I came across with a great performance “I Should Have Followed You Home”, a duet sung by Swedish former ABBA member Agnetha Fältskog and British singer-songwriter Gary Barlow and produced by Jörgen Elofsson.
“I Should Have Followed You Home” is a song about friends reuniting.
Barlow persuaded Fältskog to come back on stage in 2013 and this was an important event in the pop music world. For the past 25 years Fältskog got tired on being under the spotlight and she wanted to live an ordinary life, somewhere away from the noisy public life.
Wanting to get back from her exile, Fältskog accepted the project proposal to release a new album “A”. She committed to taking up the project and went back to singing lessons, to get her voice back on track.
The project was a challenge, but not a difficult job for someone like her, who started her career at 15 as both songwriter and singer. Mastering the performance of catchy ballads, Fältskog enjoyed the project and both public and critics noticed the CD release immediately.
While Fältskog felt at home in studio she was frightened on stage and this is, perhaps, the reason of why such a brightest and loved but reluctant pop icon, become the most private singer.
Everyone is familiar with ABBA story. It took a while to ABBA to be fully accepted by the pop music critics and perhaps the first step was made when they won the Eurovision contest with Waterloo, in 1974 and afterwards when they released their first major hit, “Knowing me, knowing you” in 1976.
Fältskog stopped song writing during the ABBA’s years. Perhaps she passed the job to the ABBA boys. In an interview she admitted that her song writing did not reach the quality level of the two male ABBA members.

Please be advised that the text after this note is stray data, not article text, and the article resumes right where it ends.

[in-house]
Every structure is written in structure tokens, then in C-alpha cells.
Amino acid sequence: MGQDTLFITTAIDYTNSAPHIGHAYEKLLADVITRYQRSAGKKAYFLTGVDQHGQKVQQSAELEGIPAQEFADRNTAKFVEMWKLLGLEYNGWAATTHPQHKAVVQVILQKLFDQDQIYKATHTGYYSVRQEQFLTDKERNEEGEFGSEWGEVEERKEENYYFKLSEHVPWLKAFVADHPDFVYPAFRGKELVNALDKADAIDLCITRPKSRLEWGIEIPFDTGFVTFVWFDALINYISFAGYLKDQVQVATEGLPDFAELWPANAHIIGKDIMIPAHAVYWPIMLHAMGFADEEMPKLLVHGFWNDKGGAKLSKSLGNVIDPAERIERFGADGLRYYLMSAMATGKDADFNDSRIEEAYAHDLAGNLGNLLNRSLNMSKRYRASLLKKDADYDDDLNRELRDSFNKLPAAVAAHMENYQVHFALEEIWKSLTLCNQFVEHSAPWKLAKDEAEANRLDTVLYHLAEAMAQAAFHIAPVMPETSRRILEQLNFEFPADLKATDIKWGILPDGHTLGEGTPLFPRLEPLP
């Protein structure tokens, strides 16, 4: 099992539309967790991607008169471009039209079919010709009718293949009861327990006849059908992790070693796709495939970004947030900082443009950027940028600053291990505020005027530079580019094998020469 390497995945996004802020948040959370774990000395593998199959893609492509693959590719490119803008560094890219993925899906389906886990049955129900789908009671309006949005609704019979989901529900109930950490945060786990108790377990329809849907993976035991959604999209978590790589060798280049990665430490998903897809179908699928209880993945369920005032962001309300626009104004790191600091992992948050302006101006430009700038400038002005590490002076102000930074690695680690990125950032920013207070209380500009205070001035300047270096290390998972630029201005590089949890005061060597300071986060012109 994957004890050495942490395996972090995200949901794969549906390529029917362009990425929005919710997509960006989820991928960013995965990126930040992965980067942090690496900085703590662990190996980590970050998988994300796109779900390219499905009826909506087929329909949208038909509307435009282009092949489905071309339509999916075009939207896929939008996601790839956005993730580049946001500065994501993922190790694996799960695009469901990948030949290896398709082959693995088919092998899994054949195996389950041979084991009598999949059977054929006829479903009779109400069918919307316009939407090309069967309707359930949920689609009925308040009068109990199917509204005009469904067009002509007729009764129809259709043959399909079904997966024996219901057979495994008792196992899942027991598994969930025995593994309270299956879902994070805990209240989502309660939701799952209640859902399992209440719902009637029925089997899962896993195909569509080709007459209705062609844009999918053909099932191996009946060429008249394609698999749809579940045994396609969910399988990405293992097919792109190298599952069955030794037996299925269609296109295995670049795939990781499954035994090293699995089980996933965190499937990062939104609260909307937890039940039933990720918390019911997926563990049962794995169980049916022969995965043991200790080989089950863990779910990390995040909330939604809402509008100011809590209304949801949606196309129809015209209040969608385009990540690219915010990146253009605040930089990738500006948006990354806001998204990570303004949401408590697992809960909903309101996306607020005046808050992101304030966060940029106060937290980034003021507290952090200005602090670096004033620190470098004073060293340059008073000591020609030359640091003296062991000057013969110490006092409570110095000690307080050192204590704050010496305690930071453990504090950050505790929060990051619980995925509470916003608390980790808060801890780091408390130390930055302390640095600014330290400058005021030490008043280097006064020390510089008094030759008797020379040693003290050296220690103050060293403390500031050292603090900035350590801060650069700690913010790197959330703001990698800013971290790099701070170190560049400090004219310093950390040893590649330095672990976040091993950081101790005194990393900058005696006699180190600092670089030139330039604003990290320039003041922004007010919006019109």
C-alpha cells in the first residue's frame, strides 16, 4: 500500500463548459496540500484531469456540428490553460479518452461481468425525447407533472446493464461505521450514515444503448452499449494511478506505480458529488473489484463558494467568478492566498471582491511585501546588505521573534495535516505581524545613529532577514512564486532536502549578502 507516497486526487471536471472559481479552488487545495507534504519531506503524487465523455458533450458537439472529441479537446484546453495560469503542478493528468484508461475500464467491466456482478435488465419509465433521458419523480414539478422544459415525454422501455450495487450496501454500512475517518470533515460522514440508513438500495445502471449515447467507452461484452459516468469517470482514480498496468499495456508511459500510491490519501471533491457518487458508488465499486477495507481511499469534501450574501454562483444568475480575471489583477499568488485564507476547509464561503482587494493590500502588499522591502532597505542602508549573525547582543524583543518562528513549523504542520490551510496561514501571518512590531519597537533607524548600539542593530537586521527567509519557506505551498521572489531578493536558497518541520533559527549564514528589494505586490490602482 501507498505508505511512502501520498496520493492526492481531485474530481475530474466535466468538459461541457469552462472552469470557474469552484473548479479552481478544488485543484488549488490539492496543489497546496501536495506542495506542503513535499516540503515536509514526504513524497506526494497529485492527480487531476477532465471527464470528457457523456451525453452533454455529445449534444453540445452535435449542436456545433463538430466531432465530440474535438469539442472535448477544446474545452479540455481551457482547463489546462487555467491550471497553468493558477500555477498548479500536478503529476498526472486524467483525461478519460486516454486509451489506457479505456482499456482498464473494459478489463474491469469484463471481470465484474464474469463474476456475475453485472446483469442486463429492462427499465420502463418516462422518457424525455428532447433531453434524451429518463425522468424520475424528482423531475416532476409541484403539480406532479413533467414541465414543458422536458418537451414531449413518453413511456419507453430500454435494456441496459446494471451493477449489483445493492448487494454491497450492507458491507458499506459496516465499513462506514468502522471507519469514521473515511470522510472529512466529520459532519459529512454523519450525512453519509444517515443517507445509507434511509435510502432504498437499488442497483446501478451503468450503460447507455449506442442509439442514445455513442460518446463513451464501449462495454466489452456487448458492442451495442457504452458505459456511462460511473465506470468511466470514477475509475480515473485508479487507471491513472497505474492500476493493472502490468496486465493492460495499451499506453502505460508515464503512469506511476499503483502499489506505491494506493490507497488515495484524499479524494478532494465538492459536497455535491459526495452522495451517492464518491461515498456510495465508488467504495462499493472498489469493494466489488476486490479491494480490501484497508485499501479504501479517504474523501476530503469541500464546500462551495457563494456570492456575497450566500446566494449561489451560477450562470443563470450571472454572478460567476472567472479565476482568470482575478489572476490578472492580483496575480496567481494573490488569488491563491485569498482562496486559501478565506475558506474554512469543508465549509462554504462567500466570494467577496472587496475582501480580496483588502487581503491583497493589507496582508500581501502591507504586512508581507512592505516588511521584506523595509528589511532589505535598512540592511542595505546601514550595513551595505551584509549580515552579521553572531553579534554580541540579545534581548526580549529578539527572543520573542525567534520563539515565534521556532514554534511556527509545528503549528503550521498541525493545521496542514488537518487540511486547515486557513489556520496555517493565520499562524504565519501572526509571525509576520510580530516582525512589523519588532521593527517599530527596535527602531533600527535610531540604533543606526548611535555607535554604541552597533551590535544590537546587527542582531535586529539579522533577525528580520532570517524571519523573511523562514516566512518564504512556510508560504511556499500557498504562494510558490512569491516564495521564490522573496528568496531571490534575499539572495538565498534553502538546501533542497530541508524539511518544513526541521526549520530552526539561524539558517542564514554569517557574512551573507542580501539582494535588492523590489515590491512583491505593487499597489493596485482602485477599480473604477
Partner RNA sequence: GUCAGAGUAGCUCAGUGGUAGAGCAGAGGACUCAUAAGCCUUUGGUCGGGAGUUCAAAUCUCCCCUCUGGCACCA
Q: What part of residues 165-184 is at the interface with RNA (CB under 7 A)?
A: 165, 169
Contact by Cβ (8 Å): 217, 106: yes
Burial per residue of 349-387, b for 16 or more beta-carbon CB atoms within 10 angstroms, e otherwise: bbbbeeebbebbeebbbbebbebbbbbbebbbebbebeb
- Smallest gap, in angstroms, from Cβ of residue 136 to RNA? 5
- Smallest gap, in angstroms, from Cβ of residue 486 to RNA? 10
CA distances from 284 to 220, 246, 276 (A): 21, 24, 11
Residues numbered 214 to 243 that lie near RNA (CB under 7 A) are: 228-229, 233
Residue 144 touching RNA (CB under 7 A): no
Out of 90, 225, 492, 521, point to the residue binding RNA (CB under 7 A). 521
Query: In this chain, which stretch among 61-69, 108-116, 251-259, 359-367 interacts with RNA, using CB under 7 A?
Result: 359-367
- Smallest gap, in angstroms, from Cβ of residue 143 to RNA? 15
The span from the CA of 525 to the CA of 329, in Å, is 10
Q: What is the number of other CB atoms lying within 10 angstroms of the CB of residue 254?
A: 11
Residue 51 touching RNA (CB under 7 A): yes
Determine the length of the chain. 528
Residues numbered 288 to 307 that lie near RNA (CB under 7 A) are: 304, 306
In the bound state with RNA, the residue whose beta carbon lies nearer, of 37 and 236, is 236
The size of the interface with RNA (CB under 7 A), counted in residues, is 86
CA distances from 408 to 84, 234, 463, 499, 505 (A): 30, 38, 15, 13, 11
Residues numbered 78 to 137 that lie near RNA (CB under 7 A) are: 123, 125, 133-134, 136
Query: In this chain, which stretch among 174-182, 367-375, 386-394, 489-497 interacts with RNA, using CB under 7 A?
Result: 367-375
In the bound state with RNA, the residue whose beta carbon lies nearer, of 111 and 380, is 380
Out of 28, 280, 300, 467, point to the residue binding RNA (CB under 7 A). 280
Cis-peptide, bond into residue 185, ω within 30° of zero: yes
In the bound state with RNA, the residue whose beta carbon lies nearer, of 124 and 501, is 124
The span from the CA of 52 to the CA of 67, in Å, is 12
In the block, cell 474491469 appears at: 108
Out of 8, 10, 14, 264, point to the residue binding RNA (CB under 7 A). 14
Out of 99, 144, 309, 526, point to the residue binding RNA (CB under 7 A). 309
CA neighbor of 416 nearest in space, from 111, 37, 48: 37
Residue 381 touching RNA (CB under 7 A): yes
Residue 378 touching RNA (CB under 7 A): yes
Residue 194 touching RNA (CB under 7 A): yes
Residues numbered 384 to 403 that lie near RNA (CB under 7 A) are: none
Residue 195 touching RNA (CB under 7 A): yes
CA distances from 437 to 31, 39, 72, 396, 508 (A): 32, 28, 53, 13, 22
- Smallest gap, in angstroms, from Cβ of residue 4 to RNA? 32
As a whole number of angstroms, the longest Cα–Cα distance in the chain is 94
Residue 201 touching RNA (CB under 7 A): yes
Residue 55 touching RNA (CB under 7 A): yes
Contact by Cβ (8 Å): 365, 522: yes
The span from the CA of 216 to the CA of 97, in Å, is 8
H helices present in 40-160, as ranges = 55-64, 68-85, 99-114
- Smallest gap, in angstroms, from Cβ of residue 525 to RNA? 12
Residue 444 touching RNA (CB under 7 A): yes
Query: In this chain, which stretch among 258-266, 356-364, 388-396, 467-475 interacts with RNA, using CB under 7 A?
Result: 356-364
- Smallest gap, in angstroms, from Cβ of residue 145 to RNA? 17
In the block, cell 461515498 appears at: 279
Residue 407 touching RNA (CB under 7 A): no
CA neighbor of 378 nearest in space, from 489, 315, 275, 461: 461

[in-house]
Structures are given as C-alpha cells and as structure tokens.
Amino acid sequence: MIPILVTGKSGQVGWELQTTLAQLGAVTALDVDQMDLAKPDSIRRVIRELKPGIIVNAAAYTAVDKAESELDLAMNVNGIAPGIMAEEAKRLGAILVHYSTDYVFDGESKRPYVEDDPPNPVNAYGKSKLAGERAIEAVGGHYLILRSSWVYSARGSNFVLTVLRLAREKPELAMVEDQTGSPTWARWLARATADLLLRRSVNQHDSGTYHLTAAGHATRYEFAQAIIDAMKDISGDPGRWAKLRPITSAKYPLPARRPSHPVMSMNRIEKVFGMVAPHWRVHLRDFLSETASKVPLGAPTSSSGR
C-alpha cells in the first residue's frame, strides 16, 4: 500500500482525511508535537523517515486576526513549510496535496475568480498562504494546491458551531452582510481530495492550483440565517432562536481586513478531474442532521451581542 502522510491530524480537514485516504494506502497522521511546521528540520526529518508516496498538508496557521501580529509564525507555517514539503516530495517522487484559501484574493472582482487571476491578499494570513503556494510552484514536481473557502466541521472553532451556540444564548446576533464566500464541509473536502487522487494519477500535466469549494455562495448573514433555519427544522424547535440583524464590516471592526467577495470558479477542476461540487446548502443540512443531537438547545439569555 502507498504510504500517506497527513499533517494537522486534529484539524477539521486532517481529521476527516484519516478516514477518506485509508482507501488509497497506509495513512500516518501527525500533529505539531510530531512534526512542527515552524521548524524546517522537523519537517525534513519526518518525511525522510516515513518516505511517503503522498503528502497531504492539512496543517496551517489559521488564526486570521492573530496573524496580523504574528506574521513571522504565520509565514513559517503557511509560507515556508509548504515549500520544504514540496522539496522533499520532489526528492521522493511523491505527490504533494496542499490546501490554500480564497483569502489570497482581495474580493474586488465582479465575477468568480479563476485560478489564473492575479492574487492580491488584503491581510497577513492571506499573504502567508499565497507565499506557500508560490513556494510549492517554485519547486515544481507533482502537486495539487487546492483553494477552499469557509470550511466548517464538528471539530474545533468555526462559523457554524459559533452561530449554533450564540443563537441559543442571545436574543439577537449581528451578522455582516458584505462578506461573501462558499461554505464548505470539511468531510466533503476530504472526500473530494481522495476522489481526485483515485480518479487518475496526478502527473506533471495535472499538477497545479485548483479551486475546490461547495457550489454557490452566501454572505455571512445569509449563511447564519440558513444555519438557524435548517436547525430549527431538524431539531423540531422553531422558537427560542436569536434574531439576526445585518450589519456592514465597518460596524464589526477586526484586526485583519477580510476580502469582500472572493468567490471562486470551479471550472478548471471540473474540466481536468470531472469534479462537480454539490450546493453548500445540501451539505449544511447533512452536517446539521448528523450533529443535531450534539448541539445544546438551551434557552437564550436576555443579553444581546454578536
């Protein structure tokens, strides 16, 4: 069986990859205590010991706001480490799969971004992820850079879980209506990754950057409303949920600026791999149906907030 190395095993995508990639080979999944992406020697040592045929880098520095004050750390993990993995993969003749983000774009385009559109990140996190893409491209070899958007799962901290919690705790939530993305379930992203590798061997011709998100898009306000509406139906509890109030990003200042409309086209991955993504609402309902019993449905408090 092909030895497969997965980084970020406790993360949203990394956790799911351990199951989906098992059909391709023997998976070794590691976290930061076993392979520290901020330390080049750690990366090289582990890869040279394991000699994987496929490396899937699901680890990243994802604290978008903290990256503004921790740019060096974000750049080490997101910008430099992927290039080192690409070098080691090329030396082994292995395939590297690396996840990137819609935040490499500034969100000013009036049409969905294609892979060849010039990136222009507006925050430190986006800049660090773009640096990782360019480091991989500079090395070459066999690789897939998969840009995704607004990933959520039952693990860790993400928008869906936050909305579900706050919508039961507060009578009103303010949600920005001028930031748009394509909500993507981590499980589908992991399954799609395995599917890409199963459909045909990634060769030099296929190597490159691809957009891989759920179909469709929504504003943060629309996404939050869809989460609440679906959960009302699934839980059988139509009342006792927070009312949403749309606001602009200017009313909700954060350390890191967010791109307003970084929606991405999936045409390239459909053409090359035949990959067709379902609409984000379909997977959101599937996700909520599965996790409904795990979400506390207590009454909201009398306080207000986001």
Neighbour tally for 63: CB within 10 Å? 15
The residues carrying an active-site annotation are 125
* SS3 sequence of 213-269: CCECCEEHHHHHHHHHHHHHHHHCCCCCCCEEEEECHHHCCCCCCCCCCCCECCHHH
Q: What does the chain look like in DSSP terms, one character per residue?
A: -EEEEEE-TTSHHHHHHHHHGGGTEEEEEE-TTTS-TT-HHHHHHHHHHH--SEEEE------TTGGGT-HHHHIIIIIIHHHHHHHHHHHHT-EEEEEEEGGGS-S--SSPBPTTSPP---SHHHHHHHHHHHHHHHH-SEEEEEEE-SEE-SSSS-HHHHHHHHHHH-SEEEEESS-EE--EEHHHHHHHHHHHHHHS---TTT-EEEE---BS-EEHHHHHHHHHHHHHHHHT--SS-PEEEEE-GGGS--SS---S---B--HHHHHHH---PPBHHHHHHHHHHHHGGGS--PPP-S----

Fältskog understood that, performing even pop music, one has to act and therefore perform with the heart, so that emotions go straight to the heart of the audience. If the emotion is not in, the performance is just a dry moment and does not touch people.
There is a cost when conveying emotions through music and Fältskog paid the price. She said that “it affects you when you get too much” of the public attention and fan obsessions, which were especially visible while touring Australia in 1977.
A musical performance is just a dry art attempt if the performer does not convey any emotions. The art of connecting to the audience comes from the performer’s ability to lead the song story straight to the audience hearts, to enable people to understand and feel the song story. Emotions empower a song and fill it with energy, which helps audience get the song message.
In a BBC interview Gary Barlow acknowledges Fältskog’s voice role in ABBA group:
“It is really all about the lead vocal. You can put great drums, guitars, whatever, but if that lead vocal isn’t amazing, it just does not connect with people. That sound I heard all my life, we heard it on the radio for all our lives… the sound of three or four generations really. That’s how important her voice was to those records…”
He also said “it sounds effortless when you listen to a piece of ABBA’s music, but actually is very complex what’s going on in there. As a singer I particularly always avoid ABBA’s songs because they are actually so hard to sing.”
I enjoyed discovering the song “I Should Have Followed You Home”. Both performers manage to reunite old and new good music, as Aflie Boe says:
“There shouldn’t be a distinction between opera and musicals, (…), only between good music and bad music” (Classicfm)